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Anyone fight a SS disability denial for a child when they turned 18?

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Does anyone have experience or resources for fighting a denial for Social Security disability once your child turns 18? My dd was denied. She has an IQ of 74, some learning disabilities on top of that, academics of about 4/5th grade and a host of medical issues as well as a mood disorder. Her psychiatrist even mentioned at our last appointment we should try to get full guardianship.


Any resources for me as I appeal this decision?


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Get a lawyer with expertise in SS disability.

 

Yes, this. Most lawyers who specialize in this area will take the case on contingency and then you only pay them if they win. The fees would come out of the lump sum for retroactive SSI.

 

Some high percentage of appeals will ultimately be granted.

 

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My first thought was a lawyer and I know, expensive, expensive, expensive.  Another option is to send a letter to your Congressional representative and ask for help in dealing with this situation.  You'd be surprised what they can do for you or at least put you in touch with the right people.  If you are going to seek the guardianship you most likely would need a lawyer to draw that up so probably your best bet but it can't hurt to zip off a quick email to the Congressman/woman.

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Does anyone have experience or resources for fighting a denial for Social Security disability once your child turns 18? My dd was denied. She has an IQ of 74, some learning disabilities on top of that, academics of about 4/5th grade and a host of medical issues as well as a mood disorder. Her psychiatrist even mentioned at our last appointment we should try to get full guardianship.

Any resources for me as I appeal this decision?

 

 

I have not. We've been in discussions where others talk about this and where representatives from local agencies have discussed what kinds of things are required for local services. I have heard that lots of people are turned down the first (or several) times, and I know there are some old threads on the board (last two years?) on setting up a binder for documentation you need, paper trail, evaluations, etc.

 

Do you take advantage of any services right now, like county board of DD, and such? I don't know if that helps, but I would think the more that she's qualified for already and the more she takes advantage of now would potentially strengthen that case (like using accommodations at home or school and creating a paper trail can help with getting accommodations for ACT testing and such). In our area, the board of DD has some kind of formula that involves how many disabling conditions the person has (autism plus lower IQ is higher priority than just autism, for example), IQ, and self-care types of things. I believe there are specific evaluations they do that can document self-care, life skills, and other things they factor in. I think they are usually categorized as adaptive behavior assessments if that helps (like maybe the Vineland).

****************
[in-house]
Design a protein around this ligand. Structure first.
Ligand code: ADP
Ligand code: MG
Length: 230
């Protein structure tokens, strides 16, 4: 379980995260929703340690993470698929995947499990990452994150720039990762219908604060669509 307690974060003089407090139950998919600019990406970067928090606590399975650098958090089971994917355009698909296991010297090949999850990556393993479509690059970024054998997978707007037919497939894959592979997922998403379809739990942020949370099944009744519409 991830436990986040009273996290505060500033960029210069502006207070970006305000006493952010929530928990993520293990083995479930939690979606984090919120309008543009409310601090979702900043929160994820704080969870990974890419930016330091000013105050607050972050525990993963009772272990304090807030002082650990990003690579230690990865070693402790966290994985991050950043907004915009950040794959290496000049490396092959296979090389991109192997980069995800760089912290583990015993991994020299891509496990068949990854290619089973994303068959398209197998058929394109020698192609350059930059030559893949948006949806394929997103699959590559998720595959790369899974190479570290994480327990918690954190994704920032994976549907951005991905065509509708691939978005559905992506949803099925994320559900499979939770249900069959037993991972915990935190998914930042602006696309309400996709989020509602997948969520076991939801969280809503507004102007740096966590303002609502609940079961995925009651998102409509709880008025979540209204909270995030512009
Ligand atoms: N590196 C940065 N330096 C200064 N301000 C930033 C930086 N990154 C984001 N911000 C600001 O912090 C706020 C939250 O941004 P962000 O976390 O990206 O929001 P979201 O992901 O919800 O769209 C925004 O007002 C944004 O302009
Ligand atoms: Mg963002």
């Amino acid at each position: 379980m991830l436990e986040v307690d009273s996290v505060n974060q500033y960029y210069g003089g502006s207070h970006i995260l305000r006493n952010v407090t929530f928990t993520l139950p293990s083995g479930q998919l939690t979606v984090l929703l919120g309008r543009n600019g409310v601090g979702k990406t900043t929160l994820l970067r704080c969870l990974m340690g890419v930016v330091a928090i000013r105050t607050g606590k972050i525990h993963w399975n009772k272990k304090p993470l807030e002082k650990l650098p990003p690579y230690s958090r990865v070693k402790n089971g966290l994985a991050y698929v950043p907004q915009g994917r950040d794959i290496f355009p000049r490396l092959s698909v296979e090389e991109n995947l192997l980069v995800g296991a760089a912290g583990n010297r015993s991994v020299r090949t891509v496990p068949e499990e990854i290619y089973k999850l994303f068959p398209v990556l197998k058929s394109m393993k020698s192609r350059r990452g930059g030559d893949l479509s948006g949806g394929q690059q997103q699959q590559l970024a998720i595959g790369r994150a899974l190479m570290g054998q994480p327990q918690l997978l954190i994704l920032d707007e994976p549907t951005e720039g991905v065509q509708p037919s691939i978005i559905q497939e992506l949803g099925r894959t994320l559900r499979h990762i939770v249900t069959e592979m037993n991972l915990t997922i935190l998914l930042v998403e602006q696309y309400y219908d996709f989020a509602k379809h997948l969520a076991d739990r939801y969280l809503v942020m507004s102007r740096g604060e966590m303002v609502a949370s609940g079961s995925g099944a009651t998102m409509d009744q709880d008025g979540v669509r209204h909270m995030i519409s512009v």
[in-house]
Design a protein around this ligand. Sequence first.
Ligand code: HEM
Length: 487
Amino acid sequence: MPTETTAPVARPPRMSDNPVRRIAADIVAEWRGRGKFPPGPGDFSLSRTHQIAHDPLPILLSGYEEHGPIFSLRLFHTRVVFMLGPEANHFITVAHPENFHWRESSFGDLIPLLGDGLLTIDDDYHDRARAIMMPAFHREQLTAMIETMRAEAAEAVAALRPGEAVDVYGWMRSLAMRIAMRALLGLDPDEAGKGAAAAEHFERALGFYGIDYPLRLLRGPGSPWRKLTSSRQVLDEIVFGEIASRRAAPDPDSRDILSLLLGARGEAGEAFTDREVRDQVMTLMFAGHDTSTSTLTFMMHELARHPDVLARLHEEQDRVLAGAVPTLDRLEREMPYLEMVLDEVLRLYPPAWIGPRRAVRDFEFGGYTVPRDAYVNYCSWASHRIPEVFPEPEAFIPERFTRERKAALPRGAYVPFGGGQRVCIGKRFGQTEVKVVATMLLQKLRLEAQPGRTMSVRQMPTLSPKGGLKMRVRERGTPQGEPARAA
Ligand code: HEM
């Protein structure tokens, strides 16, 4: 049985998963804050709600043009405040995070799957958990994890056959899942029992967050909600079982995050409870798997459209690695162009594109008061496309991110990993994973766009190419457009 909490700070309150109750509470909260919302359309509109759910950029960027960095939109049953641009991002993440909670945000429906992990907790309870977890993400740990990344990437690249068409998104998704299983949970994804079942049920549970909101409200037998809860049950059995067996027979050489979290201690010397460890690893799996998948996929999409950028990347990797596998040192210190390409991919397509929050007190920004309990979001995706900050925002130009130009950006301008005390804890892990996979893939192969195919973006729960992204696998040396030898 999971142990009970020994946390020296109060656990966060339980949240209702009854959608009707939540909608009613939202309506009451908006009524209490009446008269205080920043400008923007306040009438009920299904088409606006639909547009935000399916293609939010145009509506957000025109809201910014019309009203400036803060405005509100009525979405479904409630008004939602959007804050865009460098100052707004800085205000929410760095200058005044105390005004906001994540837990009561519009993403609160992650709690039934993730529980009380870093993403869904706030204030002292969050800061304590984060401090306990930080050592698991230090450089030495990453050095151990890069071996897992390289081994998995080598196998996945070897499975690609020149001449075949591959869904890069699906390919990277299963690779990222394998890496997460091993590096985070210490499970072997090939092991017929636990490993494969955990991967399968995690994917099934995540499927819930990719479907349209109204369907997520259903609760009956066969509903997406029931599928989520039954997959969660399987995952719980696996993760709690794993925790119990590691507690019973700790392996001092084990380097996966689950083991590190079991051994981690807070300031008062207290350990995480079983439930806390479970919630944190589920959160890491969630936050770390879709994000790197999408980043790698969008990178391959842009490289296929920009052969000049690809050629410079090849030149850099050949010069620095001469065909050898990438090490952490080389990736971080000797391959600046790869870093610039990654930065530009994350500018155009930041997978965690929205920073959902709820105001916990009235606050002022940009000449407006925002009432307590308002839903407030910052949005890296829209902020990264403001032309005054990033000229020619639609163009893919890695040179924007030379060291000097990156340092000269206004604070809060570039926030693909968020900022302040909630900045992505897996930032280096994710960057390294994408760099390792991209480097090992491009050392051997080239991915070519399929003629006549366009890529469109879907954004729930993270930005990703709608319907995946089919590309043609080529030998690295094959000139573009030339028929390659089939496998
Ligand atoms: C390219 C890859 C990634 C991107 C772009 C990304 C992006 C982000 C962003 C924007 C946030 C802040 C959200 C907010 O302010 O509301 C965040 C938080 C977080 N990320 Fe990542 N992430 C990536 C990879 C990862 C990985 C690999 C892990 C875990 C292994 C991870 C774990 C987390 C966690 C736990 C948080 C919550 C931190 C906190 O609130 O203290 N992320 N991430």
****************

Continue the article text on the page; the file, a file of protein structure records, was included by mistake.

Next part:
HTH and best wishes taking care of this.

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My daughter, just 18, is in the process of filing/testing for SSI.  We were told many who qualify are sadly denied.  The counsel above is some of what we received as well- assuming we as well, are denied.  The place where my daughter was tested said if we were denied, to call THEM and they would "push it through" since they were the agency SSI hired to prove eligibility.  I think, if able, a lawyer would be the wisest choice.  Please let us know what transpires!  

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Denial is standard practice, or rather a few denials.

But 'denial' really means, not yet approved.

Where approval involves working through a process, with denials at each stage, until it is finally granted.

 

It is also virtually standard practice to have a representative/ lawyer.

Though the fee for the representative/lawyer, is actually set by law.

Where the fee is deducted from the 'retro-active' payment.

Which is set at 25% of the retro-active payment, and can be no more than $6,000.

 

But the difference between 'retro-active' and 'back-payment' needs to be clarified?

Back-payment, is  a payment that starts from the day that the application was first recieved.

So Ottakee,  if your application is eventually granted?

Then you will recieve the back-pay.

The fees for the representative/lawyer, will have been deducted from this.

So that you wont recieve a bill.

 

Though you can recieve a bill, if you are granted approval too quickly?

As you may not have accumulated much money in your back-payment?

To pay the representative/lawyer.

In which case, the court will set a fee, and you will get a bill.

 

So that while you go through this Denial process?

Back-payments are accumulating.

 

Though their is also this term 'Retro-active Payment'?

This rather applies to adults, who have 'Acquired' a Disability.

Where the difference is that, their back-payments don't start from the day that they applied.

They start from the day that the Disability was Acquired.

 

But you also mentioned 'guardianship'?

The question is whether your DD will be able to manage her finances?
When SSDI is granted, if you have guardianship? Then payments will be made into your account.

Otherwise, they will be paid to your DD.

So that it really a question about 'financial management'?

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